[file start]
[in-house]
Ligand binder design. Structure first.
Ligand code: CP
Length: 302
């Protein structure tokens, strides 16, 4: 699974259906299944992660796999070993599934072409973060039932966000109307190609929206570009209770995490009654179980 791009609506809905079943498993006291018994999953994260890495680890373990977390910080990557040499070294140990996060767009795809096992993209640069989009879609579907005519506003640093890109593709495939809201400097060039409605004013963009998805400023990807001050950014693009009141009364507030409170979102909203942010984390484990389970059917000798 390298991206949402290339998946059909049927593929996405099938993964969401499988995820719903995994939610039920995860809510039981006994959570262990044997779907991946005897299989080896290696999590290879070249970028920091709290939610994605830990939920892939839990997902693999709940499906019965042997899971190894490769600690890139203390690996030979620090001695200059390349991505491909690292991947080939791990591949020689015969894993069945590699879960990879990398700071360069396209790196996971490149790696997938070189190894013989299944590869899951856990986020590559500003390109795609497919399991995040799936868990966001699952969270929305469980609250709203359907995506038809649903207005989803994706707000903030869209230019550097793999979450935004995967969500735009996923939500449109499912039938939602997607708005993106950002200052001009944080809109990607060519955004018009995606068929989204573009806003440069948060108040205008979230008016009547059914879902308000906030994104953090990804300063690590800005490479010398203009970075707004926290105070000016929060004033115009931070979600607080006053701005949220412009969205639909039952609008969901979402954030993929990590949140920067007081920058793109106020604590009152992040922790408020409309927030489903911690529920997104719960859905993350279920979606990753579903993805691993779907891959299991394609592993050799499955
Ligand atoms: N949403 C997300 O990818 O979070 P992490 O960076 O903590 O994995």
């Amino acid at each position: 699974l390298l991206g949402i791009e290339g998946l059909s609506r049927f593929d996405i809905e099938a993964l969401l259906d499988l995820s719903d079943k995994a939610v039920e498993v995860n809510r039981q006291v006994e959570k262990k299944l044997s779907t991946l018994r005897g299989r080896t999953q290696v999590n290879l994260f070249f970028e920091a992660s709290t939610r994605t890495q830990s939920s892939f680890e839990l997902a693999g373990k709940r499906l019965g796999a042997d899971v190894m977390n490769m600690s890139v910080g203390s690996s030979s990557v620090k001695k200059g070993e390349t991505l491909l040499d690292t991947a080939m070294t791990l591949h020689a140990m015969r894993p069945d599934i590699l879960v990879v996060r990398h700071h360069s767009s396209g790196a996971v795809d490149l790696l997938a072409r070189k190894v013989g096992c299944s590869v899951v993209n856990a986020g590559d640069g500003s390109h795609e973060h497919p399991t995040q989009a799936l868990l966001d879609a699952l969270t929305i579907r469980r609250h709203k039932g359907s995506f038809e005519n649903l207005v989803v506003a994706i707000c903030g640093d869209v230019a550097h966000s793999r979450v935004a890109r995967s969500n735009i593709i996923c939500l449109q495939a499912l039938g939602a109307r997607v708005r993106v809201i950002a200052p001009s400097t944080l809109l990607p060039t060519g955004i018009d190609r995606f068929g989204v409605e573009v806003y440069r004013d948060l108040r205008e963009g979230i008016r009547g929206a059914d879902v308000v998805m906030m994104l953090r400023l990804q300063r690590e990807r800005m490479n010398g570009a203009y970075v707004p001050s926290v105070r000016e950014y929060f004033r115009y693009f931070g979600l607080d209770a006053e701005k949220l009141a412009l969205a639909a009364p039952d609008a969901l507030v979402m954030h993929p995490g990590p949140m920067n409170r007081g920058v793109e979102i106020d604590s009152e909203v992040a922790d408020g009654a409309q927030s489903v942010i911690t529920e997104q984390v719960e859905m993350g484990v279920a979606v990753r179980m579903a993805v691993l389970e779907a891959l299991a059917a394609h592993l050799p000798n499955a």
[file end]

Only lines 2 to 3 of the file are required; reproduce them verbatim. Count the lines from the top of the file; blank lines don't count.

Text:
Ligand binder design. Structure first.
Ligand code: CP